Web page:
Mad Men cau­tiously ad­dress­ing race

Se­ries’ lone black char­ac­ter fi­nally gets shades of grey

Winnipeg Free Press - Section G - - ENTERTAINMENT - By He­lena An­drews

SINCE Mad Men pre­miered in 2007, the show’s di­ver­sity (or lack thereof) has been an on­go­ing, real-life sub­plot to the se­ries’ suc­cess. For a show set against the racially charged back­drop of the 1960s, crit­ics say, the ab­sence of sig­nif­i­cant black char­ac­ters isn’t just an over­sight; it’s in­ac­cu­rate.

But last week — af­ter five sea­sons — the show fi­nally fig­ured how to in­te­grate with­out be­ing in­gra­ti­at­ing.

In the episode “To Have and to Hold,” sec­re­tary Dawn Cham­bers, the only African Amer­i­can em­ployed at the sto­ried ad firm Ster­ling Cooper Draper Pryce, ac­tu­ally had more to say than “Good morn­ing, Mr. Draper.” And all it took was din­ner.

Dawn (played by Teyonah Par­ris) isn’t a rev­o­lu­tion­ary. She’s quiet, sweet and sin­cere to the point of goody-twoshoe-dom. Un­like Don’s other sec­re­taries — Peggy, who be­came his pro­tegé, and Me­gan, who be­came his sec­ond wife — Dawn seem­ingly has no big­ger as­pi­ra­tions than do­ing her job so well she gets to keep it.

“What am I gonna do? Throw a brick through their win­dow?” asks Dawn once she fi­nally gets the op­por­tu­nity to vent some of her frus­tra­tions to some­one who looks like her, some­one who might ac­tu­ally un­der­stand — a friend whose wed­ding Dawn is in.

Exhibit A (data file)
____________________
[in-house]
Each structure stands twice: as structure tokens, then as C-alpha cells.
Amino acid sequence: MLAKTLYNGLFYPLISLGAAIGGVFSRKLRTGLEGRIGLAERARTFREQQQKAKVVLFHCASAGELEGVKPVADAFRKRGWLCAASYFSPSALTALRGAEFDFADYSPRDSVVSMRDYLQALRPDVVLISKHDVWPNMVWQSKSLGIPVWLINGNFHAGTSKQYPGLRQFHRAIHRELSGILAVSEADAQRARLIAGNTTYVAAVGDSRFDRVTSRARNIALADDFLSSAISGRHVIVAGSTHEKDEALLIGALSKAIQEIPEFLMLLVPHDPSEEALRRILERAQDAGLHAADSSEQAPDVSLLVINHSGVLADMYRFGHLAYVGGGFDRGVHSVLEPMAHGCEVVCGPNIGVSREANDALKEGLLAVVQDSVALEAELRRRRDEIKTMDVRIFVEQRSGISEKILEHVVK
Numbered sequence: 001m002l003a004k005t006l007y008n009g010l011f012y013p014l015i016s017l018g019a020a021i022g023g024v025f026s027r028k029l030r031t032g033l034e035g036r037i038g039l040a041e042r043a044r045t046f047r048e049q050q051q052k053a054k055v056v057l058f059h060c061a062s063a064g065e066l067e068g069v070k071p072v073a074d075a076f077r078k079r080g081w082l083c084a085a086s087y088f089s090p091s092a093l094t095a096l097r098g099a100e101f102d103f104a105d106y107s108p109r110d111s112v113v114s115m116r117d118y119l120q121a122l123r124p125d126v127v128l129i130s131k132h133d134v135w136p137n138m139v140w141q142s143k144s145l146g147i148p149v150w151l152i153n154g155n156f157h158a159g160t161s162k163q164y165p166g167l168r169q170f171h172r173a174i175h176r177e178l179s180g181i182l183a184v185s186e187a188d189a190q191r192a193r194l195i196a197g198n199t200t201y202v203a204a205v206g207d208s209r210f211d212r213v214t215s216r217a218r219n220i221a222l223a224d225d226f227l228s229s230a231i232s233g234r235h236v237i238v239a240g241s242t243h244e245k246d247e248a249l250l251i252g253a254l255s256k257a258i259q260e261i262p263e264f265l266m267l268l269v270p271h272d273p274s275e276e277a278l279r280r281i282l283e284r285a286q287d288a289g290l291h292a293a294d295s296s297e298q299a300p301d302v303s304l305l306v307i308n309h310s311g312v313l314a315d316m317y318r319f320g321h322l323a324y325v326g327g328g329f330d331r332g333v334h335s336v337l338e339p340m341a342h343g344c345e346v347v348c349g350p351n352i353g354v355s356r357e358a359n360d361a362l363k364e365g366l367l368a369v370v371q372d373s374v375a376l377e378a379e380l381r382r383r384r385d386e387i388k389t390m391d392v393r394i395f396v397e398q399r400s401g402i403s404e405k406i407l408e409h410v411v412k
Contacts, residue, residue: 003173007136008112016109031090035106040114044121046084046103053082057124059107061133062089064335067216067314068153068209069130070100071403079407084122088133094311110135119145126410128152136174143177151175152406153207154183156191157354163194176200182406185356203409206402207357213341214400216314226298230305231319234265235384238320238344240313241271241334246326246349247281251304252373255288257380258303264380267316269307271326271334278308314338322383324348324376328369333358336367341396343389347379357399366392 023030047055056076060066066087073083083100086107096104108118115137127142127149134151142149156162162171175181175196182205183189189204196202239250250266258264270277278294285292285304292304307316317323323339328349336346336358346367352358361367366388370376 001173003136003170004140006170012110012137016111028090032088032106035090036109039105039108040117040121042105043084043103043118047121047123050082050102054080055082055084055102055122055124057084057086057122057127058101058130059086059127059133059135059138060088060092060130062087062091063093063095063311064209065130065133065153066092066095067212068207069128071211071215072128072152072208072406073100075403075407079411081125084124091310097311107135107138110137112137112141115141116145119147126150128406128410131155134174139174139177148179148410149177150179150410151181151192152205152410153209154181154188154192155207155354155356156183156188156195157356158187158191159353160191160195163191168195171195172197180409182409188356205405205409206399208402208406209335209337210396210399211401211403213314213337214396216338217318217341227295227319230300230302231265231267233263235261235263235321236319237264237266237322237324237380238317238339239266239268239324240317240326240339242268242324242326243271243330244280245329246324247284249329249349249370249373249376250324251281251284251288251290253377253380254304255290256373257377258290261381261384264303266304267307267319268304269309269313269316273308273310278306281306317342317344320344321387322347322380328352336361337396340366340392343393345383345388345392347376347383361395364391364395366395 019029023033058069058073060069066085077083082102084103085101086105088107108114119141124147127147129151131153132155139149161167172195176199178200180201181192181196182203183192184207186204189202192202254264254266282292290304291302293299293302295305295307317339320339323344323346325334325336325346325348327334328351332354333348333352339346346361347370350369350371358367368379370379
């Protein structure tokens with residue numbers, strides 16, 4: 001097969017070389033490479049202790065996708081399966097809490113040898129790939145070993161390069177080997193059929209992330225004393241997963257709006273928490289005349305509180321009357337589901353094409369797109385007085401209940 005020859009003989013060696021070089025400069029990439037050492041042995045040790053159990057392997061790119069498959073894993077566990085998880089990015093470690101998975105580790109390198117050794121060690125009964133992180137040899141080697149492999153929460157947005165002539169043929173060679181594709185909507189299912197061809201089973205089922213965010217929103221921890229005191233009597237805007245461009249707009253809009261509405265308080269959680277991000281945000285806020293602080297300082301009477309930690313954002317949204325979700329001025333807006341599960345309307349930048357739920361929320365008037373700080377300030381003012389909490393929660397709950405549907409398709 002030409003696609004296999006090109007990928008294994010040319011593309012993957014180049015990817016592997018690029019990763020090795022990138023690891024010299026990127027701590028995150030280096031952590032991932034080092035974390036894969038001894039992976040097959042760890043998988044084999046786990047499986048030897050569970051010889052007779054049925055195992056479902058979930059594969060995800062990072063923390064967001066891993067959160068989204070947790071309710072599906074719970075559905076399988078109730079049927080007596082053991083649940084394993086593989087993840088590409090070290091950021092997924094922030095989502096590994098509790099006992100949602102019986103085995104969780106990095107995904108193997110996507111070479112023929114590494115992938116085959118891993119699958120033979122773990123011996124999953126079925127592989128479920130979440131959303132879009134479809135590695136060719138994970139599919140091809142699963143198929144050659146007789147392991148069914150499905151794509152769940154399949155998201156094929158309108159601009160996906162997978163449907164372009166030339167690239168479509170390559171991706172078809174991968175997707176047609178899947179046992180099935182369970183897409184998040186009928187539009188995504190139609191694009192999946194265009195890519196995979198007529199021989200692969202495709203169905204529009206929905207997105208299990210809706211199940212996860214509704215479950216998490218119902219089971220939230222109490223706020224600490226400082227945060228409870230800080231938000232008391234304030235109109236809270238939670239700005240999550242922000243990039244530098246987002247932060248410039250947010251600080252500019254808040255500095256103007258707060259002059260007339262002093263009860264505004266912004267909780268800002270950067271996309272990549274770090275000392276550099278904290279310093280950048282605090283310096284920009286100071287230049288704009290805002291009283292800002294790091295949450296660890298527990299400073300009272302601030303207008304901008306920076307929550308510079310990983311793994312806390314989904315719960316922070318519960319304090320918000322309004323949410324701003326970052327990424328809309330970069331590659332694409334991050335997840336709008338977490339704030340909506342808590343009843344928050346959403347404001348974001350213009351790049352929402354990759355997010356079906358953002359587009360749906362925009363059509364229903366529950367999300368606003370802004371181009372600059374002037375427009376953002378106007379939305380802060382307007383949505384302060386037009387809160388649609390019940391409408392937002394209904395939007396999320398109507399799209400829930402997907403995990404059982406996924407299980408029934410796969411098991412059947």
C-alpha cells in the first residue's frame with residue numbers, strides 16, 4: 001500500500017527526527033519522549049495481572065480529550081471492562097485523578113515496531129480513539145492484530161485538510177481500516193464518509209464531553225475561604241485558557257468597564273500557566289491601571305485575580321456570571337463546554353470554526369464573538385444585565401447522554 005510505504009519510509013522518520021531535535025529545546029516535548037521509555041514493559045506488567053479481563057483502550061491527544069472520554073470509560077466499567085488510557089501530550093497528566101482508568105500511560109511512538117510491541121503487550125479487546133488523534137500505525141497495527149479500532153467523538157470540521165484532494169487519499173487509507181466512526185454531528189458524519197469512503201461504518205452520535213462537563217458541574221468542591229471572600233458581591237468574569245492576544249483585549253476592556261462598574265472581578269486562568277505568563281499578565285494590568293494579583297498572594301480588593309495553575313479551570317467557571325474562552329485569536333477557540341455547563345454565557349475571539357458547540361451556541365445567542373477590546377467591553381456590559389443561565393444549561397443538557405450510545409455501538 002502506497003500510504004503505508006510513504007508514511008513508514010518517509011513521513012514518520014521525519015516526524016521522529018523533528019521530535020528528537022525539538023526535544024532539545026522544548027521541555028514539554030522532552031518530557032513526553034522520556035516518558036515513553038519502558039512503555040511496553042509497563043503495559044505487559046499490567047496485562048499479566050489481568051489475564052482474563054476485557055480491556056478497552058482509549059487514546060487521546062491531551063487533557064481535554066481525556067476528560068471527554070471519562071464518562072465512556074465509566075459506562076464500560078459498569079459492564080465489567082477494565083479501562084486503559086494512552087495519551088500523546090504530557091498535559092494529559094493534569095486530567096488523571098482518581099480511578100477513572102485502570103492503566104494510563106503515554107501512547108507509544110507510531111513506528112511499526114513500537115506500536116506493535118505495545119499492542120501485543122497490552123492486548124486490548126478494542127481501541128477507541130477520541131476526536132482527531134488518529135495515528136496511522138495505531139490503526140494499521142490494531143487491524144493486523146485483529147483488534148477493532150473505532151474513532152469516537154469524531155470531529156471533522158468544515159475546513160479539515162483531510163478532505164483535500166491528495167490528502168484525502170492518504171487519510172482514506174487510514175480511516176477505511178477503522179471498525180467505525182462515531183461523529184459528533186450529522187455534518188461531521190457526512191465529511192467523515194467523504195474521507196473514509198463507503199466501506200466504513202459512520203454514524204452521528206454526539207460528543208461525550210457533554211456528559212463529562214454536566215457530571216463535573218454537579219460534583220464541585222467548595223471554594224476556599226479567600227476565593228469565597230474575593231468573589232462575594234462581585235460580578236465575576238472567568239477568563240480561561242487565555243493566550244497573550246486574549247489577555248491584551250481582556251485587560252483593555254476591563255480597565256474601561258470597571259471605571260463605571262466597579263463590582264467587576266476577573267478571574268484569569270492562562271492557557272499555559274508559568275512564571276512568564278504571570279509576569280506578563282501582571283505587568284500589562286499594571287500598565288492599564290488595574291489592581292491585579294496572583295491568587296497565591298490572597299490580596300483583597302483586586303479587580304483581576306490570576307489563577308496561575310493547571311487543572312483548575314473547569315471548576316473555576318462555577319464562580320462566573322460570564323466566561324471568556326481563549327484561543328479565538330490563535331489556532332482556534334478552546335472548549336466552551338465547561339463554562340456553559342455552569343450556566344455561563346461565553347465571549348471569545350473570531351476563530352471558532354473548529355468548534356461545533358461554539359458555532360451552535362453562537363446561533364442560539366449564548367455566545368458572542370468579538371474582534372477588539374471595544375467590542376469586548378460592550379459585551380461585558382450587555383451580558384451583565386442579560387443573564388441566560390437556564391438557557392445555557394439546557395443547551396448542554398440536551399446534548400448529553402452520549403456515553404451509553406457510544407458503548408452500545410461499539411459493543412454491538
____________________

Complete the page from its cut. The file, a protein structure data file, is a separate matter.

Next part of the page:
Up un­til now the se­ries has given Dawn lit­tle to do be­sides as­suage the con­cerns of the com­pany brass, par­al­lel­ing re­al­ity rather ob­vi­ously. She ar­rived dur­ing the hit drama’s fifth sea­son, af­ter an­swer­ing an “equal op­por­tu­nity” ad that was only placed as a pub­lic­ity stunt meant to show up a ri­val firm. But Dawn stayed.

From Carla the maid to Toni the Play­boy Bunny, black fe­male char­ac­ters on Mad Men haven’t been the most vo­cal bunch. Of­ten they’re sur­rounded on all sides, con­sumed by other peo­ple’s prob­lems in­stead of their own. This has been the case for Dawn.

In the only other episode fea­tur- ing a Dawn-spe­cific sto­ry­line — last sea­son’s “Mys­tery Date” — Dawn and her pre­de­ces­sor, Peggy, have an im­promptu sleep­over that re­sults in new rev­e­la­tions about Peggy and none about Dawn.

Dis­cov­er­ing Dawn asleep on her boss’s couch be­cause she’s too afraid to ride the late train to Har­lem af­ter ri­ot­ing in Cleve­land, Peggy in­vites Dawn to her apart­ment. They have a few beers and awkward con­ver­sa­tion about women’s lib ver­sus civil rights. In an at­tempt to con­nect with Dawn, Peggy un­der­scores their dif­fer­ences.

“I know we’re not re­ally in the same sit­u­a­tion,” Peggy tells Dawn, “but I was the only one like me there for a long time. I know it’s hard.” Dawn is de­mure here, nei­ther agree­ing nor ar­gu­ing. And when Peggy of­fers to help Dawn be­come a copy­writer, Dawn po­litely re­buffs her. She’s fine just where she is. Peggy and Dawn are sep­a­rated by more than just the ti­tles on their desks.